For the rest of the century, many other movements campaigned for reform, including the Greenback Party and the Populist Party. But little was accomplished in Wisconsin until after 1900, when a group of political reformers known as Progressives gained control of the Republican Party. In their crusade for reform on a state and national level, the Progressives were led by Robert Marion La Follette, governor of Wisconsin from 1901 to 1906 and a U.S. senator from 1906 to 1925.
La Follette and the Progressive Republicans believed that a government should conscientiously serve its people, and they sought to restrict the power of big business when it interfered with the needs of the individual citizen. Specialists in law, economics, and several social and natural sciences, most from the faculty of the University of Wisconsin, participated in political reform in the state, helping legislators to draft laws and serving as experts on governmental commissions. This collaboration became known as the Wisconsin Idea.
During La Follette’s three terms as governor he won passage of a number of landmark reform laws. Anti-corruption and civil-service measures were passed. Direct primary elections were established, which gave voters, not conventions run by political bosses, the power to select candidates for public office. The powerful railroads came under state regulation and were made to pay their share of the state’s taxes. Later the railroad commission was given power to regulate other public utilities. Laws were also passed to help farmers form cooperatives to purchase supplies and sell their products directly.
Wisconsin continued to pass reform legislation after La Follette had left the state to serve in the U.S. Senate, especially while Francis S. McGovern was governor from 1911 to 1915.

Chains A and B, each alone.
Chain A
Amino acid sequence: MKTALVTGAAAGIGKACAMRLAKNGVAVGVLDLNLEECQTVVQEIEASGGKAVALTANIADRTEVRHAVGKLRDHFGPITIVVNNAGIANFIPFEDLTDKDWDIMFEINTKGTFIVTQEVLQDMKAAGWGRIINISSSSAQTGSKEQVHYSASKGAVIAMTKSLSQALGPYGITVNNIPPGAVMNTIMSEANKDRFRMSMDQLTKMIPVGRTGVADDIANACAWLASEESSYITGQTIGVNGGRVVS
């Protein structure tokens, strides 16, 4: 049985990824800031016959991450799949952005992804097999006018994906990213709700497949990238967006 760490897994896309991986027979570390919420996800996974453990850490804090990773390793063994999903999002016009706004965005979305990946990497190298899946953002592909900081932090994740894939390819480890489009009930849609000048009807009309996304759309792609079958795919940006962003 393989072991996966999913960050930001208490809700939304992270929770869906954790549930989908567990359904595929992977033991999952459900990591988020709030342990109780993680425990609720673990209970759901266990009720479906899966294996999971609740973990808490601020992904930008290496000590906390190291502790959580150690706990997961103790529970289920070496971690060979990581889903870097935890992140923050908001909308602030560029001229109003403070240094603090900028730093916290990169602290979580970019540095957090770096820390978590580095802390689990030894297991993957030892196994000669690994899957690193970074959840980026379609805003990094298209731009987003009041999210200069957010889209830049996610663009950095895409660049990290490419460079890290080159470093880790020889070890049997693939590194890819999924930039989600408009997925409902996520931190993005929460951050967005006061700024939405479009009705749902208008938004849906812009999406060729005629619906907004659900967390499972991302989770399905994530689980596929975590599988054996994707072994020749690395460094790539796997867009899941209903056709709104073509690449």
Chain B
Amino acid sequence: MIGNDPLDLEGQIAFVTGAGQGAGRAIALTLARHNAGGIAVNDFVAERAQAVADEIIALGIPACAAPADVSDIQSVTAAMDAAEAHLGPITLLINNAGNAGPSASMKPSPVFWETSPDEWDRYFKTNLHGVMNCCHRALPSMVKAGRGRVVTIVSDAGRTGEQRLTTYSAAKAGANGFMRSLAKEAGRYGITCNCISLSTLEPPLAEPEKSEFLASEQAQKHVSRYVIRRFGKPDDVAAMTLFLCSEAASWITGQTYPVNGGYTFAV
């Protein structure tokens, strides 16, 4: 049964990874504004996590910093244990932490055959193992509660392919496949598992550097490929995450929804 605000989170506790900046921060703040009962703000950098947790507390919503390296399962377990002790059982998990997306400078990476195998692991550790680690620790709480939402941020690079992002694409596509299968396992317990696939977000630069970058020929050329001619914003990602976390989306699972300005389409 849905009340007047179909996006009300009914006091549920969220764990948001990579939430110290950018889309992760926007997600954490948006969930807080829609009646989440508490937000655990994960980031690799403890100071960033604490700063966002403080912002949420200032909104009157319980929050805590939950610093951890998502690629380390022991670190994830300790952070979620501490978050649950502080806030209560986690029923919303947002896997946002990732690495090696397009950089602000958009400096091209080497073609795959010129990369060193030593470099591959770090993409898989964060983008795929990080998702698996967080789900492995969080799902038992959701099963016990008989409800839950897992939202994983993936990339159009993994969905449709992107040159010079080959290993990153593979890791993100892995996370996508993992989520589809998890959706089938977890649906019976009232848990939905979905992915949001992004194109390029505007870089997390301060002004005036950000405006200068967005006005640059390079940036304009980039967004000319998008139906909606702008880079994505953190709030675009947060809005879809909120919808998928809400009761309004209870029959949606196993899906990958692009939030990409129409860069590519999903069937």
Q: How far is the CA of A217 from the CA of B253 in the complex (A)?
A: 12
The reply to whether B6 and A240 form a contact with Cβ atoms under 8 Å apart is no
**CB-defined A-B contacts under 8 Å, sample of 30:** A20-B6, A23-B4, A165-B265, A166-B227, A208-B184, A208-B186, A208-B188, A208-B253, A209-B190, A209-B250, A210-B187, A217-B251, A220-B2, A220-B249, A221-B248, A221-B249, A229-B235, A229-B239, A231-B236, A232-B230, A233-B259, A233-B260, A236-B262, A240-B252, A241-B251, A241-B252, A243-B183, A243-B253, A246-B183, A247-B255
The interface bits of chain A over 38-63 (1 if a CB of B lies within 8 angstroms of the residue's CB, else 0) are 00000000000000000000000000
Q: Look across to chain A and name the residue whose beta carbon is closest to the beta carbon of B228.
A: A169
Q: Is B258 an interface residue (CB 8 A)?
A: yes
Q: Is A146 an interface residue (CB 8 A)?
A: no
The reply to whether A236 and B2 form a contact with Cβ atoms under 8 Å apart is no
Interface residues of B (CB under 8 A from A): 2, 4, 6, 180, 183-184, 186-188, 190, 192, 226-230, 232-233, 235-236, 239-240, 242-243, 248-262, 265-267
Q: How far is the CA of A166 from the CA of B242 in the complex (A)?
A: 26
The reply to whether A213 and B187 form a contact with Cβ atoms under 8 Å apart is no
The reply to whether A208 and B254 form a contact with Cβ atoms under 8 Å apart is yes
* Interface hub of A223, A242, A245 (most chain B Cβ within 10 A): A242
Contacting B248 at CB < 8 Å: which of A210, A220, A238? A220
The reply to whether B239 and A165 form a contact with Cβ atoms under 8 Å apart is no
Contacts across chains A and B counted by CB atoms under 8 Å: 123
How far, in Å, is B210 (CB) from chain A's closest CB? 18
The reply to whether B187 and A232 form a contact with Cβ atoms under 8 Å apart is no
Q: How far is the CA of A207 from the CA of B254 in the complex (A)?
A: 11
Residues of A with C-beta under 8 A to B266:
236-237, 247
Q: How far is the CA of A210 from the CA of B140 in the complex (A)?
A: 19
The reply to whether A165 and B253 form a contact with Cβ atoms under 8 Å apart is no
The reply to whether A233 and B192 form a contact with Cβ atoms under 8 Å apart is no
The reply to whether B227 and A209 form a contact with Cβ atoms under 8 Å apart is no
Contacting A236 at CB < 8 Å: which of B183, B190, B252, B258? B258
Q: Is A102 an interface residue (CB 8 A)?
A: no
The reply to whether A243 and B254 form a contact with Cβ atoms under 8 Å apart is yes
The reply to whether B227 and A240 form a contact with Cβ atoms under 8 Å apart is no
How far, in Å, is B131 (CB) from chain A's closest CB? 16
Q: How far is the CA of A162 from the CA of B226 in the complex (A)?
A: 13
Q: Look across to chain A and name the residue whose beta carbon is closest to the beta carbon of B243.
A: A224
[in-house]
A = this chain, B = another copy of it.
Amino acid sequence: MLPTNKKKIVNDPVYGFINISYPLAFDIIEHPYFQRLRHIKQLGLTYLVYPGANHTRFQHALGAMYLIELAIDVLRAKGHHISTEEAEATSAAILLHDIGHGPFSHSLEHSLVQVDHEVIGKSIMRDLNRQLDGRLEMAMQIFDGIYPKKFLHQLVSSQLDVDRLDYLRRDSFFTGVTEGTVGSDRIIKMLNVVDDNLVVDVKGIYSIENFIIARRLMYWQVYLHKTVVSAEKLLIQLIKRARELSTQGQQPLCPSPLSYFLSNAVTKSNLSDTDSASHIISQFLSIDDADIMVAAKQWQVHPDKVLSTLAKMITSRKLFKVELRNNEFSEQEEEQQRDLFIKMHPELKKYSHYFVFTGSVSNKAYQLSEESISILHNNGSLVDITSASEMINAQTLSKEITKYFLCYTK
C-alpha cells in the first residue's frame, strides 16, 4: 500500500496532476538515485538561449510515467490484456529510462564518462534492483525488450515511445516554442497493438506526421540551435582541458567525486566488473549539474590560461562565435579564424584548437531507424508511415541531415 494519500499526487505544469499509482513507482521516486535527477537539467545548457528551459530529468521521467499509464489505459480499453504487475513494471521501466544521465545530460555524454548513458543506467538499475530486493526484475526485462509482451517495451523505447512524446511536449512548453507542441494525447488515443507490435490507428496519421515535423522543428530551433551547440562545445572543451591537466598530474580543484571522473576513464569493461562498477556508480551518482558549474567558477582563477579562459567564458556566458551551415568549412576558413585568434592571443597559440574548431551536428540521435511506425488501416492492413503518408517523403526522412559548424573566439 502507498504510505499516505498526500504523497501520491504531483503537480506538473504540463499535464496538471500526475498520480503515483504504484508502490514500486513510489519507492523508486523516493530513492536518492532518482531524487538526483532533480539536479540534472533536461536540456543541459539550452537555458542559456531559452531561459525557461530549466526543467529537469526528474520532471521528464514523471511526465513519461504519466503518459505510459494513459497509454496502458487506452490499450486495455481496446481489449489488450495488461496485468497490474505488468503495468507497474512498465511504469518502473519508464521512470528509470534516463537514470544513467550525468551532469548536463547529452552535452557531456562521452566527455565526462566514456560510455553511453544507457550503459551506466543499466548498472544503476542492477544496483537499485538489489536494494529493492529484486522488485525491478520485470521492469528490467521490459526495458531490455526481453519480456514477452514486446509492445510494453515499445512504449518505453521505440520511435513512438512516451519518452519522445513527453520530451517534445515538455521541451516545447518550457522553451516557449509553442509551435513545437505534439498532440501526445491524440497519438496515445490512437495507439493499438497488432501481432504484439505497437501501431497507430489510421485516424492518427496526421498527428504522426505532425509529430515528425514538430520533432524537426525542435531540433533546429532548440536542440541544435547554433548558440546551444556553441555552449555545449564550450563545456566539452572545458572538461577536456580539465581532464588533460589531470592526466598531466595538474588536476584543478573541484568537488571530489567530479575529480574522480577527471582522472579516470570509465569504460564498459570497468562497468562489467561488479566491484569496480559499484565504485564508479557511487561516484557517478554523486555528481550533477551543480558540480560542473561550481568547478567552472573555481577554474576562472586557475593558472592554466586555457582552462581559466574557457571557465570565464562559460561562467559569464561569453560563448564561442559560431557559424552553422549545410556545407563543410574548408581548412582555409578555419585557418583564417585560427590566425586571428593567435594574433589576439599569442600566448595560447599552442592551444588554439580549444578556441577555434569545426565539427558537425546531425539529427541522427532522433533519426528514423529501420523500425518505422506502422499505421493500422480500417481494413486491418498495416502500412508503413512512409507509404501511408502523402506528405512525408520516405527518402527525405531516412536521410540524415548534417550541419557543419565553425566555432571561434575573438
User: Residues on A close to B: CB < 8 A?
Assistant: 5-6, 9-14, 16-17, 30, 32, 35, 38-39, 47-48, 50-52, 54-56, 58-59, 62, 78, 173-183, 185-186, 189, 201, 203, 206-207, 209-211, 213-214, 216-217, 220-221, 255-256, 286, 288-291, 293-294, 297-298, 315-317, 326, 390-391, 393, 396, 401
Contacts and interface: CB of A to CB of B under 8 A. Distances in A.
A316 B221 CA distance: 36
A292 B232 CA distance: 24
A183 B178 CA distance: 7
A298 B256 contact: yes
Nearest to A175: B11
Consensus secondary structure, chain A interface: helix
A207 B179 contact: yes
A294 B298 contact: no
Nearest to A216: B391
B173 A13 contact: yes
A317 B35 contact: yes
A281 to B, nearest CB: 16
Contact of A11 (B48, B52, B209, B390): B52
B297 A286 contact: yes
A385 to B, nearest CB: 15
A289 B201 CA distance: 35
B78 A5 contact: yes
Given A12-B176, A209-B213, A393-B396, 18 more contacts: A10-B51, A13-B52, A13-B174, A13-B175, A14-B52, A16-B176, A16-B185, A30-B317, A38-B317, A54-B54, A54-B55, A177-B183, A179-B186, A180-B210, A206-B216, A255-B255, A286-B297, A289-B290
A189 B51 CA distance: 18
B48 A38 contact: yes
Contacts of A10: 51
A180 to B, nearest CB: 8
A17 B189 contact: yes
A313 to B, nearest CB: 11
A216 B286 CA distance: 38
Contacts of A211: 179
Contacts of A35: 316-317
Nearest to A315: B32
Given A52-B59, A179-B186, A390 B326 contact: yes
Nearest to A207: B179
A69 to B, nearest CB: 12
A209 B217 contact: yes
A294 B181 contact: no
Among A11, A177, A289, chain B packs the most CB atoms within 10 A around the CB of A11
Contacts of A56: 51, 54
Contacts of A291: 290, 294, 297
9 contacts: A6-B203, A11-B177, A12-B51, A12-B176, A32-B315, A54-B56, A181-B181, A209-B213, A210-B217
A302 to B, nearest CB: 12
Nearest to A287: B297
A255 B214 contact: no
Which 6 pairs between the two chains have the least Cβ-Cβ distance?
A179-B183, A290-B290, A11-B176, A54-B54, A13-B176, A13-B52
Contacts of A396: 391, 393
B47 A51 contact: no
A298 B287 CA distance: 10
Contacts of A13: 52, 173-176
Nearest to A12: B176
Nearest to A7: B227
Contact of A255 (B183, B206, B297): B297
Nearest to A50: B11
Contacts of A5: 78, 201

The Wisconsin legislature in 1911 created the nation’s first effective worker’s compensation program to protect workers injured on the job; passed laws to regulate factory safety and working hours for women and children; established a state income tax and state life insurance fund; and passed forest and waterpower conservation acts. Many of these social and industrial reforms were supported by a third party, Wisconsin’s Socialists. They were led by Victor Louis Berger, who helped found the national Social Democratic Party in the late 1890s with labor leader Eugene V. Debs. It was later reorganized as the Socialist Party. With a base of support among German immigrants, the Wisconsin Socialists were most powerful in Milwaukee, winning most city and county offices in 1910. That year, Berger became the first Socialist elected to Congress, and a number of Socialists were elected to the state legislature.
La Follette took his reform campaign to a national stage in 1924, when he ran for president as the candidate of the Progressive Party. He was overwhelmingly defeated, but received more than 4.8 million votes, about 16.5 percent of the total. After his death in 1925, his family continued to play a major role in Wisconsin and national politics. "Wisconsin" © Emmanuel BUCHOT, Encarta, Wikipedia.
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